In the IEA’s outlook that assumes increased global action to reduce GHG emissions, oil demand in 2040 is 66.2 million barrels per day, and natural gas demand is 344 billion cubic feet per day.

Even in the agency’s net zero scenario, in 2050 the world continues to demand 24 million barrels per day of oil and 169 billion cubic feet per day of natural gas.

No matter the future pathway, Canadians should benefit from satisfying global oil and gas demand rather than jurisdictions far behind in their commitment to environmental, social and governance (ESG) performance like reducing GHG emissions, Indigenous rights and responsible governance.

“We continue to see Canada and its oil companies as being ahead of the ESG curve and a well-rounded candidate to fulfill the world’s ongoing need for ‘friendly oil,’” says a June 2021 report by analysts with BMO Capital Markets.

Fact: Canadian natural gas can reduce global GHGs

Canada can do more to help reduce global GHGs – while improving social and environmental protection – by exporting its resources than it can by shutting the sectors down.

Using natural gas from Canada for power generation instead of coal in China is expected to result in emissions reductions of 34 to 62 per cent, according to a June 2020 study published in the Journal for Cleaner Production.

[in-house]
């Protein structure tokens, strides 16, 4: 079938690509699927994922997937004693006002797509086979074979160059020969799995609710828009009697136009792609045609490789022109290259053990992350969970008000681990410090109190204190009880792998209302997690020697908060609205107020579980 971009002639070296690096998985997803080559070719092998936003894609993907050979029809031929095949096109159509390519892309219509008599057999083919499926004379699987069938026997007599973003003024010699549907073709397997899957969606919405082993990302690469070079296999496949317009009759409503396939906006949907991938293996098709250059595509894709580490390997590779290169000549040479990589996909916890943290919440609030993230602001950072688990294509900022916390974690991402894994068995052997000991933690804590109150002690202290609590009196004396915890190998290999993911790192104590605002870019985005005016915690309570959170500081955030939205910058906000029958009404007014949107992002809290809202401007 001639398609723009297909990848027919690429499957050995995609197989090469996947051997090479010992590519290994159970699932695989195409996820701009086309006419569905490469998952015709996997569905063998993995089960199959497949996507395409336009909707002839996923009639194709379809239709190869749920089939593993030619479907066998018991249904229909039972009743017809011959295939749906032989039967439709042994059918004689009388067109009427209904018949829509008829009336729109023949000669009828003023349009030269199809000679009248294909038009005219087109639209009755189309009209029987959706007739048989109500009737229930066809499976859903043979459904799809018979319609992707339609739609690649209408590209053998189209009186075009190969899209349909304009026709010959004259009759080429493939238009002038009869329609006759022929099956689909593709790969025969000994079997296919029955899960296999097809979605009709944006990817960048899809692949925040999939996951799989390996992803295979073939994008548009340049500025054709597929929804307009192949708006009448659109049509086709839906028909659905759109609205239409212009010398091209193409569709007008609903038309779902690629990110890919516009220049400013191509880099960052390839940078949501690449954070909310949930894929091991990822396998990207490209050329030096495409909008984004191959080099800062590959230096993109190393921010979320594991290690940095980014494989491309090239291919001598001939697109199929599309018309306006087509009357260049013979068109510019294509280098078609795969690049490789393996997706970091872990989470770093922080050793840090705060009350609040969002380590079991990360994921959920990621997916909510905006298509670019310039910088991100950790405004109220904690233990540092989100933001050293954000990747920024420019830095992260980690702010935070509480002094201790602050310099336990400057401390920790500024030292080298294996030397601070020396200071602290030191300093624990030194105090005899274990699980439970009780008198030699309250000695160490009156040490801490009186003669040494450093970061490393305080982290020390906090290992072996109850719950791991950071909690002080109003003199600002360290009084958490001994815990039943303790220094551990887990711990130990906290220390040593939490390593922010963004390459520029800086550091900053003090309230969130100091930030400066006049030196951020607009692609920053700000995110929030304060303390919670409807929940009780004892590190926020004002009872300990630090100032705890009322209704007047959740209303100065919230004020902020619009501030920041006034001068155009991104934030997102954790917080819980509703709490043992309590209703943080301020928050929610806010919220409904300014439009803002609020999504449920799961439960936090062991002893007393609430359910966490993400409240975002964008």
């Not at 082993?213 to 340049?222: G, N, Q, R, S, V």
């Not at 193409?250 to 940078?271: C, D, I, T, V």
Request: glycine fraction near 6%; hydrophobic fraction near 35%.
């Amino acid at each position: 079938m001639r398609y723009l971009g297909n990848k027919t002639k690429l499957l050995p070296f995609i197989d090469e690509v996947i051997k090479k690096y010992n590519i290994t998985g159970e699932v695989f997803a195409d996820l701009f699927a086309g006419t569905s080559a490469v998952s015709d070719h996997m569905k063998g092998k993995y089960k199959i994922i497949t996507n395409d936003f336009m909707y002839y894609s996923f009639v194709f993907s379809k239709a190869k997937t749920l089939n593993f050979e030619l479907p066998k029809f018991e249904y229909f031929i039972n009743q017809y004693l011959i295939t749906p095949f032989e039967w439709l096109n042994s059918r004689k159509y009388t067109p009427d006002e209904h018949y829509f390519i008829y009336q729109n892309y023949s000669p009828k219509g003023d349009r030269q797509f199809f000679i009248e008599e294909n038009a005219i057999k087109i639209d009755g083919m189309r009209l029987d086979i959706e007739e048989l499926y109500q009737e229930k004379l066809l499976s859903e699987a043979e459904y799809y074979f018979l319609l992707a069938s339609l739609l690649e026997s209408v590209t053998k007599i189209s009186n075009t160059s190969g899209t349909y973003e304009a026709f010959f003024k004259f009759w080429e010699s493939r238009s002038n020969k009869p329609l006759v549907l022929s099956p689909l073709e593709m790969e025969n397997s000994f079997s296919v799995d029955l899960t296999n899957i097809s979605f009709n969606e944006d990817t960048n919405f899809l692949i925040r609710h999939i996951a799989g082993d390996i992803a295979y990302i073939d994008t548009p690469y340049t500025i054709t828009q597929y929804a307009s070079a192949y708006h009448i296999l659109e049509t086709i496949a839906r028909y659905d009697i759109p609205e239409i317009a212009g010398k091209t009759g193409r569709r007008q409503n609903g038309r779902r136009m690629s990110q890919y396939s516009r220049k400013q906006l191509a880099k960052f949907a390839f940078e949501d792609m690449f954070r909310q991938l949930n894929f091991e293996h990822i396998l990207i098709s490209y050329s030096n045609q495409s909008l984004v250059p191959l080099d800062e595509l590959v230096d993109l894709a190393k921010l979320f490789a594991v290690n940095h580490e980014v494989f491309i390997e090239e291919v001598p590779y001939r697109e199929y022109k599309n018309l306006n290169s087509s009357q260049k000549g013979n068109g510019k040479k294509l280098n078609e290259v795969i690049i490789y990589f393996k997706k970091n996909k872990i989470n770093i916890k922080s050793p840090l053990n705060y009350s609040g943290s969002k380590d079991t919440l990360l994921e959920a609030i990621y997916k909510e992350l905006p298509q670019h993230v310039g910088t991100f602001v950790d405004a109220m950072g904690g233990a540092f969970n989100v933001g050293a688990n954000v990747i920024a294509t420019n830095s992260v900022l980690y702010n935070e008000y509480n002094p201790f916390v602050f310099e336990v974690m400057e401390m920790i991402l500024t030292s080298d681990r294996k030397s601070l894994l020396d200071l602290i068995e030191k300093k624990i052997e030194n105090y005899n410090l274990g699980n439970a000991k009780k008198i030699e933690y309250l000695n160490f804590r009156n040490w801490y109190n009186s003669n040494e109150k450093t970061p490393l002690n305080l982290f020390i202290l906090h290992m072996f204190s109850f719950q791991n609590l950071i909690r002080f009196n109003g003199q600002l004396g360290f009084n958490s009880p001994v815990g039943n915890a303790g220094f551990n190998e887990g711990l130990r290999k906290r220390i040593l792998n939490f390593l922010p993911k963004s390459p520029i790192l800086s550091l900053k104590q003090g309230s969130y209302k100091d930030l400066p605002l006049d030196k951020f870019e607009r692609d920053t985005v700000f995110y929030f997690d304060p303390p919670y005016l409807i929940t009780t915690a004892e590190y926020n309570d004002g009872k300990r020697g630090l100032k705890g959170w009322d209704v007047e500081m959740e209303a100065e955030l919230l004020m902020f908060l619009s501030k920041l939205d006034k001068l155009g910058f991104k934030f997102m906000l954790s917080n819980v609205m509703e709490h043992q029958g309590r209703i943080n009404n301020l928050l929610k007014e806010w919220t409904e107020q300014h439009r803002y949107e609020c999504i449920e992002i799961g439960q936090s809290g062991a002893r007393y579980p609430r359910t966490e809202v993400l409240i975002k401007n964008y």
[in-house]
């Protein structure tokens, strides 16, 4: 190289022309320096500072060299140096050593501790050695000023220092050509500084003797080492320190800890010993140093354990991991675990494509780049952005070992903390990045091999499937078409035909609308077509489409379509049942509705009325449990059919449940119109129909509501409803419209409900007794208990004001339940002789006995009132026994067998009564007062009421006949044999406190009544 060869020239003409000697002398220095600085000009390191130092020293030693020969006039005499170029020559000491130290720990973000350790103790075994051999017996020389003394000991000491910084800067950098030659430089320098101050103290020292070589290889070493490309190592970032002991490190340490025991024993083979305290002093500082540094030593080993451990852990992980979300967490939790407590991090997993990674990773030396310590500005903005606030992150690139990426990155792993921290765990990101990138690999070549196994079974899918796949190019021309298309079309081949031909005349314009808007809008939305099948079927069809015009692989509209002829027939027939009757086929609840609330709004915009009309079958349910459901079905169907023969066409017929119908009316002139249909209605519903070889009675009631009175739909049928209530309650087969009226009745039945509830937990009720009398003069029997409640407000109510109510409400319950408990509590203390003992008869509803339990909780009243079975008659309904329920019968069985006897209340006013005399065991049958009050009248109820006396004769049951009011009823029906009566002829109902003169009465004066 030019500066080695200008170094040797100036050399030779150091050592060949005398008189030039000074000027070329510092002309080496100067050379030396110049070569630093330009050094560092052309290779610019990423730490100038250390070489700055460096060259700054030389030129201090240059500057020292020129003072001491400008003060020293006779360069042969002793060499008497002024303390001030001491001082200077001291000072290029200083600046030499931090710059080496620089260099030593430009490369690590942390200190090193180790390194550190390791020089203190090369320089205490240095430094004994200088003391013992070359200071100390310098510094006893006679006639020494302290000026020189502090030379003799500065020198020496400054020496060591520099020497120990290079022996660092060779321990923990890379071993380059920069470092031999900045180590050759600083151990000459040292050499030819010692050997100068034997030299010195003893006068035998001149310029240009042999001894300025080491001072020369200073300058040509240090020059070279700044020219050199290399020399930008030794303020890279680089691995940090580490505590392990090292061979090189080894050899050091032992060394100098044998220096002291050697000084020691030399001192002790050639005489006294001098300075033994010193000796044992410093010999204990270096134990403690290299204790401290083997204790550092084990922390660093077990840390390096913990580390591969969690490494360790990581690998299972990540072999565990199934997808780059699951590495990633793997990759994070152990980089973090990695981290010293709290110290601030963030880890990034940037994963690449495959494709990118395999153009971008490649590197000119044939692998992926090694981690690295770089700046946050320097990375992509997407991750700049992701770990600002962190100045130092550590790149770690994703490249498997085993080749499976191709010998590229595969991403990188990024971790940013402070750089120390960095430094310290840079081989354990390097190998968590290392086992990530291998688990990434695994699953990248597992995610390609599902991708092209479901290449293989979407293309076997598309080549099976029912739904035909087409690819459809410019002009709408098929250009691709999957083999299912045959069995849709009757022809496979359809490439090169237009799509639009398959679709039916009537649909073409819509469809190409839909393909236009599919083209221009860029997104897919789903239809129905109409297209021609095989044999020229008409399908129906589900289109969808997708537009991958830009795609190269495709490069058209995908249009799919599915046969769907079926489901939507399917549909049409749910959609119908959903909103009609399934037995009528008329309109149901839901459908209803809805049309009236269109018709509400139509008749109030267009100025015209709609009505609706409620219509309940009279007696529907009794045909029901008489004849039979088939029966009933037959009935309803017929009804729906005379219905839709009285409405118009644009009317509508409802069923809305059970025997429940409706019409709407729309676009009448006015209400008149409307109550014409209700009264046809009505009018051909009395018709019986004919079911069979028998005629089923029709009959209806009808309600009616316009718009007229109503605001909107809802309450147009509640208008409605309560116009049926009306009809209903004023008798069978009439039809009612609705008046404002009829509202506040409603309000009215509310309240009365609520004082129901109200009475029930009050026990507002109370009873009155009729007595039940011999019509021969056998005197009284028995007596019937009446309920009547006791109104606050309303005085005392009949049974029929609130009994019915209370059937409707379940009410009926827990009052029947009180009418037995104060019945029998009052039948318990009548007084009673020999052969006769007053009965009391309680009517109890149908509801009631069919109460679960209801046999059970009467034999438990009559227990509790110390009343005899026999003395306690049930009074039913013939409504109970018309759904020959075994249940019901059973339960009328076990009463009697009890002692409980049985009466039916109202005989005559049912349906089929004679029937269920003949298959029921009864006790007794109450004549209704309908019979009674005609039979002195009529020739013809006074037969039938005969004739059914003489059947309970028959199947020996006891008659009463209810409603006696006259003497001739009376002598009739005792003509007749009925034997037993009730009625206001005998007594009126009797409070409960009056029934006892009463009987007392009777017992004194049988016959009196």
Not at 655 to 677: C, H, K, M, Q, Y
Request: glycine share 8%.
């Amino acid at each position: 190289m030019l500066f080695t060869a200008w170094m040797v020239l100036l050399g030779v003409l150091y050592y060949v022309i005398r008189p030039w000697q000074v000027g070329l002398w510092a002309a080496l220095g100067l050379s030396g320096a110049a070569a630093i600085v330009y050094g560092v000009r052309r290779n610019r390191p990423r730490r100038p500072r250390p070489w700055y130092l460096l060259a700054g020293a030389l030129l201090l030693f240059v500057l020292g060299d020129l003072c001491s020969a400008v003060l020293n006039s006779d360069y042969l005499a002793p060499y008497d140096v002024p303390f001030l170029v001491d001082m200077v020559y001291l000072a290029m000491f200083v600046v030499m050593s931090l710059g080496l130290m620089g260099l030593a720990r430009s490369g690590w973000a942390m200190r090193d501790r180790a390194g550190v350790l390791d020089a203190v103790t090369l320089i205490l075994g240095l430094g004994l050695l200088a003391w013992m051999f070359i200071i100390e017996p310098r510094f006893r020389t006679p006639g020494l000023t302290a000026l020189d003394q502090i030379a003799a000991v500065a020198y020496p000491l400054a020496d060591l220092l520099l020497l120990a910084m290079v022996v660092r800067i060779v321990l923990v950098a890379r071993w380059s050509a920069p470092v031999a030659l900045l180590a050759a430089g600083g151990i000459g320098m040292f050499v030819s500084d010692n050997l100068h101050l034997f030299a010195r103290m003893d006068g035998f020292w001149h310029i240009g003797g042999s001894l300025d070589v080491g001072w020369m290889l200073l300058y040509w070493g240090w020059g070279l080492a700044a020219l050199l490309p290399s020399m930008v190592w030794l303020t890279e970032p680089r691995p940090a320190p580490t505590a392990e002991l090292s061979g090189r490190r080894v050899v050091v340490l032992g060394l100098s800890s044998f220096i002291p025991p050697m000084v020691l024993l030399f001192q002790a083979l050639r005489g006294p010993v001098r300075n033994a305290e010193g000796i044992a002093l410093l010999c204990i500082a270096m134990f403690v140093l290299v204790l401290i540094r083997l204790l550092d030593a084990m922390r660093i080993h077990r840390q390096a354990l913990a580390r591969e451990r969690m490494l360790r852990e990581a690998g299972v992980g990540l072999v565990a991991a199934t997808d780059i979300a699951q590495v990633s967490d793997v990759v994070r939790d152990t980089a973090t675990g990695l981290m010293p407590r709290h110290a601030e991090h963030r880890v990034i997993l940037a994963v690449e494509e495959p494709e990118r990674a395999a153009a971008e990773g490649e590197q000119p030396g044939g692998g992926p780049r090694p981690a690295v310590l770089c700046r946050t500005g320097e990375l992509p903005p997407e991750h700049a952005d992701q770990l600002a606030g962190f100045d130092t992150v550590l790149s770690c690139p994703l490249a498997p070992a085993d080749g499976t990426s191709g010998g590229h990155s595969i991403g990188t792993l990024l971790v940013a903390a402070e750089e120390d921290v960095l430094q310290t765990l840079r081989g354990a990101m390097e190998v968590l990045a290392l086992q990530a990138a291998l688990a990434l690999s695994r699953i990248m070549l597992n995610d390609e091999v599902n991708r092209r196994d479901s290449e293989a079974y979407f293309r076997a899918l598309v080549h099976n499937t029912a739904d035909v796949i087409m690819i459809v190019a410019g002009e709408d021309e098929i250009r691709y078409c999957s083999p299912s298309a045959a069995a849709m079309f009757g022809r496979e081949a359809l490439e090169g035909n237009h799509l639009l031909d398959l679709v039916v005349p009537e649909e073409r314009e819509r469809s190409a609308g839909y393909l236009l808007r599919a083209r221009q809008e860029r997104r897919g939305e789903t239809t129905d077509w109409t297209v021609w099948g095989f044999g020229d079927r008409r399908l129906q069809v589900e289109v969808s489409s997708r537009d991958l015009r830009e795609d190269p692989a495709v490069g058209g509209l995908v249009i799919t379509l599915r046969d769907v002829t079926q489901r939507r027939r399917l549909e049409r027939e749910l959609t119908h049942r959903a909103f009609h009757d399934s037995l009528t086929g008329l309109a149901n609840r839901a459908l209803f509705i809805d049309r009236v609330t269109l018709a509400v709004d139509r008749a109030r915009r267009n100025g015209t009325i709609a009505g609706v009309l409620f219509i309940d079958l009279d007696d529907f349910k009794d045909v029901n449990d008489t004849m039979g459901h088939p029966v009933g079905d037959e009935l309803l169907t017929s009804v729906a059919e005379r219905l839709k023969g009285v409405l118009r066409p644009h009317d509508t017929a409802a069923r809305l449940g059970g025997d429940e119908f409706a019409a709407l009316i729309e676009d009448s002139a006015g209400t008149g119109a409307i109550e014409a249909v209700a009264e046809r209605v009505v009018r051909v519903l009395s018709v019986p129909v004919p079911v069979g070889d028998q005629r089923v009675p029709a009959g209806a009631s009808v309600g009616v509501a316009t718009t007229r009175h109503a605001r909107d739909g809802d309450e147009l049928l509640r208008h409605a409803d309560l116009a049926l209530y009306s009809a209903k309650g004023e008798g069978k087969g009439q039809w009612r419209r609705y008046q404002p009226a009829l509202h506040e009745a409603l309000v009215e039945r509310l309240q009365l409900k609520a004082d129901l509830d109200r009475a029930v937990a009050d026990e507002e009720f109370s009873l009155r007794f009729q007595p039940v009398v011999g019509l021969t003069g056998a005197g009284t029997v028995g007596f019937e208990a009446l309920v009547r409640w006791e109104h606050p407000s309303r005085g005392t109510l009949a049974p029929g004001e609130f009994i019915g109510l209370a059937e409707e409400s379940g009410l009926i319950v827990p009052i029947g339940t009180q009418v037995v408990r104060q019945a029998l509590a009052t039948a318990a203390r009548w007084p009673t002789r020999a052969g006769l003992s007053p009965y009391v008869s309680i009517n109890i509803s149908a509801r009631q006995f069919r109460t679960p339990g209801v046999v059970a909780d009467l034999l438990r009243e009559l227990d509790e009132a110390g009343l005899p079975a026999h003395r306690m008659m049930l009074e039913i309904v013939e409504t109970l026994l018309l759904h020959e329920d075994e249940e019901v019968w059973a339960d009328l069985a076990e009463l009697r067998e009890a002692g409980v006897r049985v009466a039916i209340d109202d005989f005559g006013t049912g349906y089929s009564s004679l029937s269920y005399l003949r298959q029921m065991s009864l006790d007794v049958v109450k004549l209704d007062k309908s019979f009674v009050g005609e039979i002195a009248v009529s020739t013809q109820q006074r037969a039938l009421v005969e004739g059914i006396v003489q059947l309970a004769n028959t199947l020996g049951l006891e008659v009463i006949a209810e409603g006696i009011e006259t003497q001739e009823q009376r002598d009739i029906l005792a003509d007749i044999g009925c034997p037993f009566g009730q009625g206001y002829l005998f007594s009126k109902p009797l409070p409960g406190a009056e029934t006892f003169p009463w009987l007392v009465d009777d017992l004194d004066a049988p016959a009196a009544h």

There’s a lot of coal-fired power being built around the world. As of January 2021 there were 201 coal plants under construction globally, including 92 in China, 30 in India and 24 in Indonesia, according to Global Energy Monitor. That’s in addition to 345 coal-fired power plants in the pre-construction phase, including 135 in China.

“Canadian natural gas has an abundant cheap supply that could easily displace coal and higher intensity fossil fuels and provide uplift for Canada, giving greener and cheaper energy both in North America and globally, assuming they can get the infrastructure completed and show the wherewithal to do it,” says Ian Archer, associate director in the natural gas team at IHS Markit.

Fact: Oil sands accelerating efforts to reduce GHGs

There is a widely spread misconception that Canada’s oil sands sector is an environmental laggard from a GHG perspective. In reality, several oil sands projects now have emissions footprints that are lower than the global average thanks to new technology and improved efficiency, BMO reports.

“An adaptable, innovation driven mindset exists in Canada’s energy sector, and it is deepening and evolving,” Van Wielingen writes.

“Responsiveness, innovation and adaptation has happened and is happening.”

Average oil sands emissions per barrel have fallen by 27 per cent since 2013, BMO reports. Over the same period, competing global oil majors decreased their GHG emissions intensity by just 13 per cent.

A further 20 to 30 per cent reduction in oil sands emissions intensity is expected over the next decade as producers apply new technology and process improvements. And potential game changers could be on the horizon like small modular nuclear reactors and direct air capture.

“We also sense that the industry’s ambition and urgency to take action is higher than ever, underscored by the recent oil sands Pathways to Net Zero initiative,” BMO analysts said.

“All told, we are increasingly optimistic that progress toward the sector’s ESG goals will accelerate ahead and maintain its leading pace of advancement.”